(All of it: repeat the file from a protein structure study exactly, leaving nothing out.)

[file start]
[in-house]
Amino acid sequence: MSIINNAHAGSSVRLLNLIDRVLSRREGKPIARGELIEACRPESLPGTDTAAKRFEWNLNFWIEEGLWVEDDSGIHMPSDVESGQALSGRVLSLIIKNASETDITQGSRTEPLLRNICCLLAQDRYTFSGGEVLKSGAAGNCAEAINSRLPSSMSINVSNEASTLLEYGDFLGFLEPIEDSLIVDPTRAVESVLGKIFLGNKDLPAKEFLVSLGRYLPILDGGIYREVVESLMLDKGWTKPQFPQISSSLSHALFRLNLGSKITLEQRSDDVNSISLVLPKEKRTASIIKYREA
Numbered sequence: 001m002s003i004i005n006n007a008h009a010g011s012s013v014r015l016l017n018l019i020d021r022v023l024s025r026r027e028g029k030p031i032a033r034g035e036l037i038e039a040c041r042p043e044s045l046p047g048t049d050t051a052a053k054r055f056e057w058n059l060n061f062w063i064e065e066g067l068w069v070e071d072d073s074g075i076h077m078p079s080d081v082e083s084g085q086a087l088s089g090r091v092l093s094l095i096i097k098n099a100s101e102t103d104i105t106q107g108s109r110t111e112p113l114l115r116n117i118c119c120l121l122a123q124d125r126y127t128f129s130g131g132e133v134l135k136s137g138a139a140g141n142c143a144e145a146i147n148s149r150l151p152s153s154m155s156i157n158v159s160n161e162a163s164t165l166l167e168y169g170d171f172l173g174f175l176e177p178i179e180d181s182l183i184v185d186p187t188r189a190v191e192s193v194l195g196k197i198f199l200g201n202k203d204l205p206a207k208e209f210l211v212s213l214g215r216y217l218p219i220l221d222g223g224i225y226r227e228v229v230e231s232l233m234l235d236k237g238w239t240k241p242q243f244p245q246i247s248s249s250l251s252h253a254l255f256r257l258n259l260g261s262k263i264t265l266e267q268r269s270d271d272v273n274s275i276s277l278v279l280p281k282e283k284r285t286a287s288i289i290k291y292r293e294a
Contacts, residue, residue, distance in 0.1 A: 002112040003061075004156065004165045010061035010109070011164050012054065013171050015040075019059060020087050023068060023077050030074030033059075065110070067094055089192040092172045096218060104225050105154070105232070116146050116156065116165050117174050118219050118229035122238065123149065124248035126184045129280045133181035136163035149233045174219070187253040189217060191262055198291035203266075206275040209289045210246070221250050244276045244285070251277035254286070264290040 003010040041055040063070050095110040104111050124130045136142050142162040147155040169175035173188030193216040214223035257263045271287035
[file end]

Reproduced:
[in-house]
Amino acid sequence: MSIINNAHAGSSVRLLNLIDRVLSRREGKPIARGELIEACRPESLPGTDTAAKRFEWNLNFWIEEGLWVEDDSGIHMPSDVESGQALSGRVLSLIIKNASETDITQGSRTEPLLRNICCLLAQDRYTFSGGEVLKSGAAGNCAEAINSRLPSSMSINVSNEASTLLEYGDFLGFLEPIEDSLIVDPTRAVESVLGKIFLGNKDLPAKEFLVSLGRYLPILDGGIYREVVESLMLDKGWTKPQFPQISSSLSHALFRLNLGSKITLEQRSDDVNSISLVLPKEKRTASIIKYREA
Numbered sequence: 001m002s003i004i005n006n007a008h009a010g011s012s013v014r015l016l017n018l019i020d021r022v023l024s025r026r027e028g029k030p031i032a033r034g035e036l037i038e039a040c041r042p043e044s045l046p047g048t049d050t051a052a053k054r055f056e057w058n059l060n061f062w063i064e065e066g067l068w069v070e071d072d073s074g075i076h077m078p079s080d081v082e083s084g085q086a087l088s089g090r091v092l093s094l095i096i097k098n099a100s101e102t103d104i105t106q107g108s109r110t111e112p113l114l115r116n117i118c119c120l121l122a123q124d125r126y127t128f129s130g131g132e133v134l135k136s137g138a139a140g141n142c143a144e145a146i147n148s149r150l151p152s153s154m155s156i157n158v159s160n161e162a163s164t165l166l167e168y169g170d171f172l173g174f175l176e177p178i179e180d181s182l183i184v185d186p187t188r189a190v191e192s193v194l195g196k197i198f199l200g201n202k203d204l205p206a207k208e209f210l211v212s213l214g215r216y217l218p219i220l221d222g223g224i225y226r227e228v229v230e231s232l233m234l235d236k237g238w239t240k241p242q243f244p245q246i247s248s249s250l251s252h253a254l255f256r257l258n259l260g261s262k263i264t265l266e267q268r269s270d271d272v273n274s275i276s277l278v279l280p281k282e283k284r285t286a287s288i289i290k291y292r293e294a
Contacts, residue, residue, distance in 0.1 A: 002112040003061075004156065004165045010061035010109070011164050012054065013171050015040075019059060020087050023068060023077050030074030033059075065110070067094055089192040092172045096218060104225050105154070105232070116146050116156065116165050117174050118219050118229035122238065123149065124248035126184045129280045133181035136163035149233045174219070187253040189217060191262055198291035203266075206275040209289045210246070221250050244276045244285070251277035254286070264290040 003010040041055040063070050095110040104111050124130045136142050142162040147155040169175035173188030193216040214223035257263045271287035